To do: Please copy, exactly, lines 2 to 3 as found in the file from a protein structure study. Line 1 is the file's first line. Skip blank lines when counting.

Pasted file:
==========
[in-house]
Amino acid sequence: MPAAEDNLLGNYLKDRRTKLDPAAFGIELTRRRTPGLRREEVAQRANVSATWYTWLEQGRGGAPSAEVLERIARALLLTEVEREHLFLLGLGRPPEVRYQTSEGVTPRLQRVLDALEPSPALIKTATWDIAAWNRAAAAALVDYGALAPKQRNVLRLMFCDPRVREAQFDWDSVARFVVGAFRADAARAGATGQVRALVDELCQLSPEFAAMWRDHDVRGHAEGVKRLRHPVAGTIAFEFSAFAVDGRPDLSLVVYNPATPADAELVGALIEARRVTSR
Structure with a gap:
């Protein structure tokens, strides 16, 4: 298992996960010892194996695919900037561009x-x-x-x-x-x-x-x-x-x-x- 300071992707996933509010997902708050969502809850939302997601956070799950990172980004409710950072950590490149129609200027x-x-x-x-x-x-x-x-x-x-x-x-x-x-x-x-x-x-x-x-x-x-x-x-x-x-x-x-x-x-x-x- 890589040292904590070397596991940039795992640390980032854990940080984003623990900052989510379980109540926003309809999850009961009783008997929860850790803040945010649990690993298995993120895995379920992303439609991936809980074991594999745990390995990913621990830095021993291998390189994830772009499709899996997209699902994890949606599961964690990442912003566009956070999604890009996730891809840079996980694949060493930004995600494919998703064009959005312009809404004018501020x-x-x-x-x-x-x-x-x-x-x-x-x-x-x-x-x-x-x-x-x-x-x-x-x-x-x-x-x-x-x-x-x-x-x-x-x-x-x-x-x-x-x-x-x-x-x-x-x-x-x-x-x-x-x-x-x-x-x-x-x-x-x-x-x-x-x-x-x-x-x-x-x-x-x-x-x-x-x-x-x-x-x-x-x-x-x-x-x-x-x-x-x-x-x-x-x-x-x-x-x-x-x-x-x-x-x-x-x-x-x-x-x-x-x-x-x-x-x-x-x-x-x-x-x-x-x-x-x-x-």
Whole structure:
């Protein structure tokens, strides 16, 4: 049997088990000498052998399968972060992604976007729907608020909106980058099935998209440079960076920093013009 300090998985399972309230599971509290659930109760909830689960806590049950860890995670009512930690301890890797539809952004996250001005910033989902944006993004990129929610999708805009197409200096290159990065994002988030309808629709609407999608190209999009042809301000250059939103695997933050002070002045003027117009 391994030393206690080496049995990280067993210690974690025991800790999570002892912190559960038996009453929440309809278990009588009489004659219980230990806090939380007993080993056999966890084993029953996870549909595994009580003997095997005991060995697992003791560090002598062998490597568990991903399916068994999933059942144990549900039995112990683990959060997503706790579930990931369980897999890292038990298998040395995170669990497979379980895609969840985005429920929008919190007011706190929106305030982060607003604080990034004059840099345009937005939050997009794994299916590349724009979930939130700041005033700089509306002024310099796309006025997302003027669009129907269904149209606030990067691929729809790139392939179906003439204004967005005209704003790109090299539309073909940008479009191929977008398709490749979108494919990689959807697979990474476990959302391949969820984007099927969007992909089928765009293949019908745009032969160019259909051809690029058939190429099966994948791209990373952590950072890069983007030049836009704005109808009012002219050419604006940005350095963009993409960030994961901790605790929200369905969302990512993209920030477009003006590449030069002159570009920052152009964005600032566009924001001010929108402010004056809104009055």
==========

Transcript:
Amino acid sequence: MPAAEDNLLGNYLKDRRTKLDPAAFGIELTRRRTPGLRREEVAQRANVSATWYTWLEQGRGGAPSAEVLERIARALLLTEVEREHLFLLGLGRPPEVRYQTSEGVTPRLQRVLDALEPSPALIKTATWDIAAWNRAAAAALVDYGALAPKQRNVLRLMFCDPRVREAQFDWDSVARFVVGAFRADAARAGATGQVRALVDELCQLSPEFAAMWRDHDVRGHAEGVKRLRHPVAGTIAFEFSAFAVDGRPDLSLVVYNPATPADAELVGALIEARRVTSR
Structure with a gap: